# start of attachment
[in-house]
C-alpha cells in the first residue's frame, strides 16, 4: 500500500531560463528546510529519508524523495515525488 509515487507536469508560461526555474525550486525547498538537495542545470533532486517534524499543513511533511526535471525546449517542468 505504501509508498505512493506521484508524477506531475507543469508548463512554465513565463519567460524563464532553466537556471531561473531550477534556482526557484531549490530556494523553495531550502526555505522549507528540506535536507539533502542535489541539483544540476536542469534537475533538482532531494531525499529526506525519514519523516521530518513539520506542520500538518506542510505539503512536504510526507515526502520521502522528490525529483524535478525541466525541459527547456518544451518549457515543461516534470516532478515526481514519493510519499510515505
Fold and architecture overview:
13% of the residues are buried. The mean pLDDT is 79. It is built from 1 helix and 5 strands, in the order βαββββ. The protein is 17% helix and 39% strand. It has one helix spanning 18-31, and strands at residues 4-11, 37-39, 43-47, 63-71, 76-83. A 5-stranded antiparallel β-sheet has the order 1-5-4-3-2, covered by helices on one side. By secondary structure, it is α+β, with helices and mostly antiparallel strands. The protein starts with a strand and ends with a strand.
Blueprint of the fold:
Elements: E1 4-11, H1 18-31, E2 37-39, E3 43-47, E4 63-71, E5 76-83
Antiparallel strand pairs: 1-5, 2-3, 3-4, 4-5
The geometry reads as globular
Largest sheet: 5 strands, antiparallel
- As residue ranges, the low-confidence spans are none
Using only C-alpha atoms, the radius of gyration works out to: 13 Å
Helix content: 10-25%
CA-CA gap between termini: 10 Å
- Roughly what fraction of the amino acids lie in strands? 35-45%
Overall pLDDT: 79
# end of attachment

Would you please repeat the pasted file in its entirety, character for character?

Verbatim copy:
[in-house]
C-alpha cells in the first residue's frame, strides 16, 4: 500500500531560463528546510529519508524523495515525488 509515487507536469508560461526555474525550486525547498538537495542545470533532486517534524499543513511533511526535471525546449517542468 505504501509508498505512493506521484508524477506531475507543469508548463512554465513565463519567460524563464532553466537556471531561473531550477534556482526557484531549490530556494523553495531550502526555505522549507528540506535536507539533502542535489541539483544540476536542469534537475533538482532531494531525499529526506525519514519523516521530518513539520506542520500538518506542510505539503512536504510526507515526502520521502522528490525529483524535478525541466525541459527547456518544451518549457515543461516534470516532478515526481514519493510519499510515505
Fold and architecture overview:
13% of the residues are buried. The mean pLDDT is 79. It is built from 1 helix and 5 strands, in the order βαββββ. The protein is 17% helix and 39% strand. It has one helix spanning 18-31, and strands at residues 4-11, 37-39, 43-47, 63-71, 76-83. A 5-stranded antiparallel β-sheet has the order 1-5-4-3-2, covered by helices on one side. By secondary structure, it is α+β, with helices and mostly antiparallel strands. The protein starts with a strand and ends with a strand.
Blueprint of the fold:
Elements: E1 4-11, H1 18-31, E2 37-39, E3 43-47, E4 63-71, E5 76-83
Antiparallel strand pairs: 1-5, 2-3, 3-4, 4-5
The geometry reads as globular
Largest sheet: 5 strands, antiparallel
- As residue ranges, the low-confidence spans are none
Using only C-alpha atoms, the radius of gyration works out to: 13 Å
Helix content: 10-25%
CA-CA gap between termini: 10 Å
- Roughly what fraction of the amino acids lie in strands? 35-45%
Overall pLDDT: 79